Asheville, Walnut Cove, Biltmore Forrest and Western North Carolina’s Audio and Home Theater specialists present Cane Creek AV and Paul McGowan – PS Audio, Intl

Hitting the mark

Michelangelo di Lodovico Buonarroti Simoni or more commonly known by his first name Michelangelo is credited with saying:

“The greatest danger for most of us is not that our aim is too high and we miss it, but that it is too low and we reach it.”

I think this is excellent advice and a good reminder that the goals we set for our home music system should be more than just a good sounding setup.

I have always been an advocate of stretching myself a little farther than I feel comfortable with: reaching for the stars in the hope of landing on the moon.

I remember when I first became convinced that some preamplifiers had better sound than no preamplifier. For decades I had been an advocate of the philosophy of less is more, that a purer signal path would always trump added circuitry. And for all those decades that was true until I got my arm twisted to purchase one of the few great preamplifiers out there, the Aesthetix Calypso. That move changed my life and my thought process. Suddenly I heard more to the music than I thought possible: air, transparency, space around the instruments and voices, and a more palpable sound stage than I thought possible.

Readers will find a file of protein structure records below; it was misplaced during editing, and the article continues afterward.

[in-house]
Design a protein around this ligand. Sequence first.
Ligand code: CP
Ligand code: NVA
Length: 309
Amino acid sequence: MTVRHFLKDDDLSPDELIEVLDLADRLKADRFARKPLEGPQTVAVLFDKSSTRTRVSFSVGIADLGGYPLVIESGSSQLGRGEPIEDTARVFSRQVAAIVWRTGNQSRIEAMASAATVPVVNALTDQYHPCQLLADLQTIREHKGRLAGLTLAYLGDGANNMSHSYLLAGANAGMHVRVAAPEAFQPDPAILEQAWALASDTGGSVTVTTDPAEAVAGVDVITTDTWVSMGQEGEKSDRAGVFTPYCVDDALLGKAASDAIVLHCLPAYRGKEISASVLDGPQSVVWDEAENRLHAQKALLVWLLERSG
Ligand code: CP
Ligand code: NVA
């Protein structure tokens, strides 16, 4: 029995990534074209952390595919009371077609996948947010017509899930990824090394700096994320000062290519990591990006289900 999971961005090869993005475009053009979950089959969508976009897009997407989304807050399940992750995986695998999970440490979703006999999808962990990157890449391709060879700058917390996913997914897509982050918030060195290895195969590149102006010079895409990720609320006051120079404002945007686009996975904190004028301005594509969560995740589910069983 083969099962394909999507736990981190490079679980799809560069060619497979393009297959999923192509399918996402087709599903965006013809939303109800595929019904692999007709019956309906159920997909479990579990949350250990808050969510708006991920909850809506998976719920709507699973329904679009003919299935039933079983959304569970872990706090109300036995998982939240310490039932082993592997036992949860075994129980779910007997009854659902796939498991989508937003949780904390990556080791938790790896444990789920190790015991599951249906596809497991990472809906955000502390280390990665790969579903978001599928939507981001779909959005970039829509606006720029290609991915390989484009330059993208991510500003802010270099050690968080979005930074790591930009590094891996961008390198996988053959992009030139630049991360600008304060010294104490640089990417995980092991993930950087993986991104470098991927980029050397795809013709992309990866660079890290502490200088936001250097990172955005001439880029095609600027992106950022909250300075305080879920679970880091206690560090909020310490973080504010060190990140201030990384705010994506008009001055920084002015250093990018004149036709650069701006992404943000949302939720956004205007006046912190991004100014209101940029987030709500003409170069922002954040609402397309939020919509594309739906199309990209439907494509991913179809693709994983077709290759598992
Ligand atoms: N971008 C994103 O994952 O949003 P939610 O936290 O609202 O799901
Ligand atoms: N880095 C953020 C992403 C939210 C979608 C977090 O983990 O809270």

And that’s when we set our sights on building our own preamplifier that could perform the same magic, but with a twist. We wanted to push the envelope farther than it had ever been pushed before. We didn’t want to be as good, we wanted to see where the trail led, how high we could go. When I approached BHK on building a new preamplifier it wasn’t with the intent of matching anything, but rather reaching for the stars.

So, when you’re next dreaming about an upgrade or a new system altogether, aim high my friend. Aim higher than you’re comfortable with and hope you hit something spectacular.

It’s a lot more gratifying than aiming for merely good and hitting your target.

Asheville, Walnut Cove, Biltmore Forrest and Western North Carolina’s Audio and Home Theater specialists present Cane Creek AV and Paul McGowan – PS Audio, Intl

Importance is relative

We strive to handle important issues first to make way for follow up problems later. Like choosing the right blend of audio equipment vs. connecting it together. The first trumps the second, though both are important.

Figuring out where to best place your energies can often be challenging. For example, the best speakers in the world won’t sound good without proper setup. Imagine placing a pair of Magneplanars hard up against the front wall. The sound would be dreadful.

One rule of thumb I have come to live by is to separate our importance focus into two categories: electronics and speakers.

In choosing electronics we should narrow our focus to synergy. It is far more important to have a synergistic group of products than a hodgepodge of excellent kit that does not play well together.

Loudspeaker choices have more to do with setup and room than the actual model. The weakest and strongest speaker models can suffer or benefit from setup.

These two extremes have to be taken with grains of salt. If you’re too literal with this advice you’ll wind up with a well setup boom box driven by pleasing electronic crap.

But, taken in the common sense spirit this advice was intended, it’s a good rule of thumb for future system building.

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